Transition to a Low-Carbon Future in China Towards 2 oC Global Target
Jiang Kejun, Chenmin He, and Jia Liu
Abstract The purpose of low-carbon development in China is for both national sustainable development and global climate change action. For the global climate change target 'to hold the increase in global average temperature below 2 oC above preindustrial levels', China needs to peak in CO2 emissions by 2025 at the latest and then secure deep cuts in CO2 emissions. Previous studies on emission scenarios show that it is possible for China to peak in CO2 emissions by 2030 if strong policies are adopted, albeit at relatively high cost. In other words, peaking in CO2 emissions before 2025 represents a huge challenge for China. A modelling study conducted by IPAC on the 2-degree target stated that it is also still possible for China to peak in CO2 emissions before 2025 as long as several preconditions are satisfied, including optimised economic development, further energy efficiency improvements, enhanced renewable energy and nuclear development and CCS.
Energy-intensive industries consume more than 50 % of energy in China and account for more than 70 % of newly increased power output. Scenario analysis shows that many energy-intensive product outputs will reach a peak before 2020, with a much slower growth rate compared with that in the 11th Five-Year Plan, and therefore will significantly change the pathway for energy demand and CO2 emissions.
Energy efficiency should be further promoted. In the 11th Five-Year Plan, energy efficiency was improved significantly, and by reviewing what happened in this Plan compared to energy conservation efforts over the last several decades, as well as effort in other countries, it can be seen that China is now making unprecedented efforts in energy conservation. The target is to make China's energy efficiency in major sectors one of the best by 2030.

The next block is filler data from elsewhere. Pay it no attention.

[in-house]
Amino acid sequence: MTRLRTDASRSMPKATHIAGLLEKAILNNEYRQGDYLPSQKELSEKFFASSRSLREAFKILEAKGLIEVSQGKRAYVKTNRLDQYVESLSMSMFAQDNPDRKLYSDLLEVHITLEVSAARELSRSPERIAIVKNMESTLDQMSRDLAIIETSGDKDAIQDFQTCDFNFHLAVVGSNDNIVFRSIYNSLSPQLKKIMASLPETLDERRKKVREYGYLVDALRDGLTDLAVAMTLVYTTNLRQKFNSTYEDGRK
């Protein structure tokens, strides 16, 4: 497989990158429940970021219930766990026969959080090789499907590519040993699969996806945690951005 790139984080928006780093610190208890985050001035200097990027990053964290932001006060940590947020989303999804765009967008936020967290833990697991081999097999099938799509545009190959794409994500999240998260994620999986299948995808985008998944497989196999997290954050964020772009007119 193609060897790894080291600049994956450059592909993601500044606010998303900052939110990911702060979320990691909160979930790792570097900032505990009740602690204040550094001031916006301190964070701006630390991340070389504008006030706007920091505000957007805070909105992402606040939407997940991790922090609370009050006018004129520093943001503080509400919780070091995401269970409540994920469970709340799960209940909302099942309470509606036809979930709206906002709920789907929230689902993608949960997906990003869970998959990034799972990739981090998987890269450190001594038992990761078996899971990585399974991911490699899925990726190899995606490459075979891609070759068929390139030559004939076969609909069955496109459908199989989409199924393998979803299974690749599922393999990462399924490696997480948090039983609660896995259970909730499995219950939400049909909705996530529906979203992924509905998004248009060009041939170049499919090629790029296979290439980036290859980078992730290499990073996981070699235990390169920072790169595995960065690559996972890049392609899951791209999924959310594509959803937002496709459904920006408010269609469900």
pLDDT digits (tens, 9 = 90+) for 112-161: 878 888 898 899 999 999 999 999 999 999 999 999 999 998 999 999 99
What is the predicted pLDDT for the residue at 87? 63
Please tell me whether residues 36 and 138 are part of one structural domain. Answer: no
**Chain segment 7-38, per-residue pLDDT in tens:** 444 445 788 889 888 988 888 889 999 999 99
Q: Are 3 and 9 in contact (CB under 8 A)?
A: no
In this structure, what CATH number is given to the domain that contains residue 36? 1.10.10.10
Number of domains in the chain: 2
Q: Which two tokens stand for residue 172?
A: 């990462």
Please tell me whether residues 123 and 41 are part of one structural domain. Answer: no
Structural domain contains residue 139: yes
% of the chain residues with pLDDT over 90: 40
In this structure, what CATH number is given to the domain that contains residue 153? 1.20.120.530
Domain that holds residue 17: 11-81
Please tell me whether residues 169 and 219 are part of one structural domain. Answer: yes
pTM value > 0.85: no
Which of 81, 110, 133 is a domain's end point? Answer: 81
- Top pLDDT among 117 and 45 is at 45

China is a now a leading country in new energy and renewable energy. Based on planning taking place in China, by 2020, renewable energy will provide 15 % of the total primary energy, which includes renewable energy excluded from the national energy statistics.
Another key factor is the increase in natural gas use in China. In the enhanced low-carbon scenario, natural gas use will be 350 BCM by 2030 and 450 BCM by 2050; and in the 2-degree scenario, it will be around 480 BCM by 2030 and 590 BCM by 2050. Together with renewable energy, this leaves coal use in China by 2050 at below 1 billion tonnes.
For CO2 emissions, carbon capture and storage could further contribute to CO2 emission reduction. China has to use CCS if large amounts of coal are used for the next several decades, but even with the enhanced low-carbon scenario, coal use will be around 1.8 billion tonnes by 2050.
Technological progress is a key assumption for a low-carbon future for China. The cost learning curve for wind and solar and many other technologies is much stronger than the model used. Such progress greatly reduces costs in wind power and solar power within 2 years.
Keywords Emission scenario • CO2 mitigation • Modelling • Energy transition • Emission target • China